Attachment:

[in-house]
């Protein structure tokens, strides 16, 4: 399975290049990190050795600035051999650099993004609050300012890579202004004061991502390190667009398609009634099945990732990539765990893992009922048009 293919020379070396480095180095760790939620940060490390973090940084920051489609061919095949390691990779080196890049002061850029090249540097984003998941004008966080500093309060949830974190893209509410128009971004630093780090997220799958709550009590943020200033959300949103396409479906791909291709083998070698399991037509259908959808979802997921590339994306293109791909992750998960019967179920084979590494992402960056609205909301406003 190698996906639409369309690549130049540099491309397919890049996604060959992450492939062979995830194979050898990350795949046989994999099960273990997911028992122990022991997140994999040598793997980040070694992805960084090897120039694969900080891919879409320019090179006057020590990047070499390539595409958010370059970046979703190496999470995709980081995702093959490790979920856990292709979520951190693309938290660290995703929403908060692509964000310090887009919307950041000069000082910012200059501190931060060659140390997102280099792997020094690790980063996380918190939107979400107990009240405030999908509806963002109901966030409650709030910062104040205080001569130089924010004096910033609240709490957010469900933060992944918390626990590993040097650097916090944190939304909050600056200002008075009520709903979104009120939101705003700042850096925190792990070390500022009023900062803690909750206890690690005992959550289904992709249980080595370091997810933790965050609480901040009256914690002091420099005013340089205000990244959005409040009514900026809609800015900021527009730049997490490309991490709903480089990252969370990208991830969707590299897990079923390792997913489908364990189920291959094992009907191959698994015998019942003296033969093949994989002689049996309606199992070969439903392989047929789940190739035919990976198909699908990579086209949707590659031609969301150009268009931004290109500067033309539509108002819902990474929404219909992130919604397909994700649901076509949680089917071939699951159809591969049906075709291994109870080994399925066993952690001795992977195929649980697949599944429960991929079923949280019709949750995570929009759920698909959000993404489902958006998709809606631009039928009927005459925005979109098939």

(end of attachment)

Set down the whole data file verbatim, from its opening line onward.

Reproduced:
[in-house]
């Protein structure tokens, strides 16, 4: 399975290049990190050795600035051999650099993004609050300012890579202004004061991502390190667009398609009634099945990732990539765990893992009922048009 293919020379070396480095180095760790939620940060490390973090940084920051489609061919095949390691990779080196890049002061850029090249540097984003998941004008966080500093309060949830974190893209509410128009971004630093780090997220799958709550009590943020200033959300949103396409479906791909291709083998070698399991037509259908959808979802997921590339994306293109791909992750998960019967179920084979590494992402960056609205909301406003 190698996906639409369309690549130049540099491309397919890049996604060959992450492939062979995830194979050898990350795949046989994999099960273990997911028992122990022991997140994999040598793997980040070694992805960084090897120039694969900080891919879409320019090179006057020590990047070499390539595409958010370059970046979703190496999470995709980081995702093959490790979920856990292709979520951190693309938290660290995703929403908060692509964000310090887009919307950041000069000082910012200059501190931060060659140390997102280099792997020094690790980063996380918190939107979400107990009240405030999908509806963002109901966030409650709030910062104040205080001569130089924010004096910033609240709490957010469900933060992944918390626990590993040097650097916090944190939304909050600056200002008075009520709903979104009120939101705003700042850096925190792990070390500022009023900062803690909750206890690690005992959550289904992709249980080595370091997810933790965050609480901040009256914690002091420099005013340089205000990244959005409040009514900026809609800015900021527009730049997490490309991490709903480089990252969370990208991830969707590299897990079923390792997913489908364990189920291959094992009907191959698994015998019942003296033969093949994989002689049996309606199992070969439903392989047929789940190739035919990976198909699908990579086209949707590659031609969301150009268009931004290109500067033309539509108002819902990474929404219909992130919604397909994700649901076509949680089917071939699951159809591969049906075709291994109870080994399925066993952690001795992977195929649980697949599944429960991929079923949280019709949750995570929009759920698909959000993404489902958006998709809606631009039928009927005459925005979109098939």